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It is common for private company co-owners to have disagreements while they operate their business, but they typically work through these disputes themselves.  In those rare instances where conflicts escalate and legal action is required, business partners have two options—filing a lawsuit or participating in an arbitration proceeding.  Arbitration is available, however, only if the parties agreed in advance to arbitrate their disputes.  Therefore, before business partners enter into a buy-sell contact or join other agreements with their co-owners, they will want to consider both the pros and the cons of arbitration.  This post offers input for private company owners and investors to help them decide whether litigation or arbitration provides them with the best forum in which to resolve future disputes with their business partners.

Arbitration is often touted as a faster and less expensive alternative to litigation with the additional benefit of resulting in a final award that is not subject to appeal.  These attributes may not be realized in arbitration, however, and there are other important factors involved, which also merit consideration.  At the outset, it is important to emphasize that arbitrations are created by contract, and parties can therefore custom design the arbitration to be conducted in a manner that meets their specific needs.  The critical factors to be considered are: (i) speed—how important is a quick resolution to the dispute, (ii) confidentiality—how desirable is privacy in resolving the claims, (iii) scope—how broad are the claims to be resolved, (iv) expense—how important is it to limit costs, and (v) finality—is securing a final result more desirable than preserving the right to appeal an adverse decision.
Continue Reading Feuding Business Partners in Private Companies: Considering Arbitration to Resolve Partnership Disputes

Navigating a successful business exit when a marriage ends in divorce often presents challenges for both parties. Leaving aside the emotional tensions present in divorce, resolving conflicts regarding the ownership of business interests in the marital estate is also daunting. This post therefore reviews options for divorcing spouses in their divorce proceeding. If couples can ratchet down the emotions and the acrimony, the tools discussed in this post may help allow the couple to optimize the financial outcome of their divorce settlement and preserve the value of the company they own or in which they share a large ownership stake.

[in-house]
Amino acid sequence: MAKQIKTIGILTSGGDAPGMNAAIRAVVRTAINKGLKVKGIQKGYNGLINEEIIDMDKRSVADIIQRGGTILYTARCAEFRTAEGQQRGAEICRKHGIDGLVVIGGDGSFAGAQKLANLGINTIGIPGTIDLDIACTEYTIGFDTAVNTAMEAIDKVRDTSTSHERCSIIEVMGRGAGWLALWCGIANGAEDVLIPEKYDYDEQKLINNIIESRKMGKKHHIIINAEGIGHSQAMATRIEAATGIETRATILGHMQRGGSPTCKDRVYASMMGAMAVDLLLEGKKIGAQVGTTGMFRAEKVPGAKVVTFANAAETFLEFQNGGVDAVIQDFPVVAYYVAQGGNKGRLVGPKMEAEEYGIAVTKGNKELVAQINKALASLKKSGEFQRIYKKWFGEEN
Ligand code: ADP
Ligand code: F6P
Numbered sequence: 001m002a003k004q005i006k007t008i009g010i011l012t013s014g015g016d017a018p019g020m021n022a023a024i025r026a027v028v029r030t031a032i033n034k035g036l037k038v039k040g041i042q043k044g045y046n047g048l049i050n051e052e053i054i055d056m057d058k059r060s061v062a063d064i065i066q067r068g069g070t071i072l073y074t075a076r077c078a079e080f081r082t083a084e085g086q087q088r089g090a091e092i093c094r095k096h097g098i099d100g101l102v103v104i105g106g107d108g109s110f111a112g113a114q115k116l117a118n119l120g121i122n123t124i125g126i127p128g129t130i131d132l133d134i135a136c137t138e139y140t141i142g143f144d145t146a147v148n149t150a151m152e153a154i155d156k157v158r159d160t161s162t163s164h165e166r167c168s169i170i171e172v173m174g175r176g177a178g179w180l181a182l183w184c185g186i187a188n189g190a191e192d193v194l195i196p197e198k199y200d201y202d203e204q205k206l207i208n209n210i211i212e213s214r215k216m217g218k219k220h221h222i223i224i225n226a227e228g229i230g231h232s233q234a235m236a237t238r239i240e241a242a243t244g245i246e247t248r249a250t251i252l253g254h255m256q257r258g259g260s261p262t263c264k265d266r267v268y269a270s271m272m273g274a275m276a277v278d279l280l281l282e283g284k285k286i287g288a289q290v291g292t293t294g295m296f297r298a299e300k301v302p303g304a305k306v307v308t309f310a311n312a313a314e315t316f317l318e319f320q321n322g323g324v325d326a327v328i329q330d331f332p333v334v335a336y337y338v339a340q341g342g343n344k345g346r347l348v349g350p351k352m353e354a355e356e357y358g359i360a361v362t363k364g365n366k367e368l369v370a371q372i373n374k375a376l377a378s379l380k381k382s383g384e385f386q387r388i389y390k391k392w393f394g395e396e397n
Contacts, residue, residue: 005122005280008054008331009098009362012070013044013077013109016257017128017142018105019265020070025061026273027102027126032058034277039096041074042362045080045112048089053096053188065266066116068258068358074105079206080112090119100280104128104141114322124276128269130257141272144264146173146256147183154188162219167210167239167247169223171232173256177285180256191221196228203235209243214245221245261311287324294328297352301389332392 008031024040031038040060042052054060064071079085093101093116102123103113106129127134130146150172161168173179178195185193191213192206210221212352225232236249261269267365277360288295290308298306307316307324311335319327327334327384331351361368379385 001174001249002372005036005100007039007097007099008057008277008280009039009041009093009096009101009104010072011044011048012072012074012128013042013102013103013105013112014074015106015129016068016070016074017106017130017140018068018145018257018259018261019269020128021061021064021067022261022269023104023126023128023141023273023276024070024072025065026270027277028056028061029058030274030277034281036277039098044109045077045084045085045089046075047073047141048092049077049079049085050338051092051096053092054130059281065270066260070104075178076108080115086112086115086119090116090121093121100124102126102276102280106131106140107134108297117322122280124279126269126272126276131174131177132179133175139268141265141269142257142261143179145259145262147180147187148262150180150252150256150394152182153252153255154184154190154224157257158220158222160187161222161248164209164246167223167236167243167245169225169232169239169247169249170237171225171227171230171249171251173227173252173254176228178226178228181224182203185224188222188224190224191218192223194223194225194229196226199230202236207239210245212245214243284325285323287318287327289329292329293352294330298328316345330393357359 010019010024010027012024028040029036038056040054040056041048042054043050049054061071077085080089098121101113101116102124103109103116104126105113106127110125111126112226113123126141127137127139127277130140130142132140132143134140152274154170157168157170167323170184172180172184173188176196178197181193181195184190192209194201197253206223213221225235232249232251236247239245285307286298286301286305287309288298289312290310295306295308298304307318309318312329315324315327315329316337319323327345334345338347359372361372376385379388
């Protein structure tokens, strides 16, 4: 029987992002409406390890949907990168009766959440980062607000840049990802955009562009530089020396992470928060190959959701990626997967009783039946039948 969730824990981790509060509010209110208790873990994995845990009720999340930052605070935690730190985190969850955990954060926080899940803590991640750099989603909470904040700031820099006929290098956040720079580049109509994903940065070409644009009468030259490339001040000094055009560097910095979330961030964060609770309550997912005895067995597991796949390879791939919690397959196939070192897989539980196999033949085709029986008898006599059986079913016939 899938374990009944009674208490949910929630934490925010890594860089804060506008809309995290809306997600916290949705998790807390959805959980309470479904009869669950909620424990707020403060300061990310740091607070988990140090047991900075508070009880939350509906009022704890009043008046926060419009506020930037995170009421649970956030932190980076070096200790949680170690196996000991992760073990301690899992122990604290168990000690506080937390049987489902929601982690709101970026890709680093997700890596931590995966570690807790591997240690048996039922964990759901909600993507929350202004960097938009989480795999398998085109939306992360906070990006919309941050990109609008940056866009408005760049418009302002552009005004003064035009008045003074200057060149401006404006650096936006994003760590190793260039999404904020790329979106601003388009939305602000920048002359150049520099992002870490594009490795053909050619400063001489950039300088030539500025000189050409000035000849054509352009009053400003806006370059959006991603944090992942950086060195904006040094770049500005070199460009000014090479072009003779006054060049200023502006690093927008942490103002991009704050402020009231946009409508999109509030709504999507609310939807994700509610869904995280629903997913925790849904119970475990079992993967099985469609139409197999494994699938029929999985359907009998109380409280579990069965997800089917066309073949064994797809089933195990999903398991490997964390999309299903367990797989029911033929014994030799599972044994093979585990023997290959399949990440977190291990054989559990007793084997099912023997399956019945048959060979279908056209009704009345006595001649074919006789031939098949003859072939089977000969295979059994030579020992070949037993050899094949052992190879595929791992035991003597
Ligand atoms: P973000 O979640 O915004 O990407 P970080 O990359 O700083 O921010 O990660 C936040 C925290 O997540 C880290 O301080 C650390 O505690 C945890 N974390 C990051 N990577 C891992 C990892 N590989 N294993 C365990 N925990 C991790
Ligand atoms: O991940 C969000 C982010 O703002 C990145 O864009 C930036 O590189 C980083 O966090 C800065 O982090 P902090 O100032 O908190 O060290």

The Valuation Dilemma

The most contentious business issue in many divorce proceedings is the value of the business that must be divided as part of the divorce settlement. Valuation is an inexact science, and the divorcing couple can easily spend hundreds of thousands of dollars on expert and legal fees battling it out over the value of one or more private companies included in the marital estate. This challenging issue is not subject to any easy fix. But there are some options the couple may want to consider before engaging in an expensive and time-consuming valuation battle.

(a) Marital Agreements.   Couples can eliminate the private company valuation battle by entering into a marital agreement that specifies what specific assets will be shared on divorce, or what amounts will be paid, and the agreement can also specific how the value of any assets will be determined. While a pre-nup is more common, couples can also agree to enter into a post-nup that details a property division and removes any conflict regarding the valuation of specific assets. Texas statutes set forth strict requirements to follow for marital agreements be enforceable. See Chapter 4 of the Texas Family Code

(b) Designated Valuation Expert. The couple can agree to pre-select and designate a valuation expert they both trust to conduct the valuation for them and to be bound by whatever value is determined by this mutual, trusted expert. Alternatively, there are variations on this approach, which give the couple the right to retain valuation experts if they don’t like the value that is determined by the designated expert and the results of these additional experts will then be averaged to determine the final value. 
Continue Reading Family Law Post–Maximizing Private Company Value in Divorce: Achieving a Successful Business Divorce When the Marriage Fails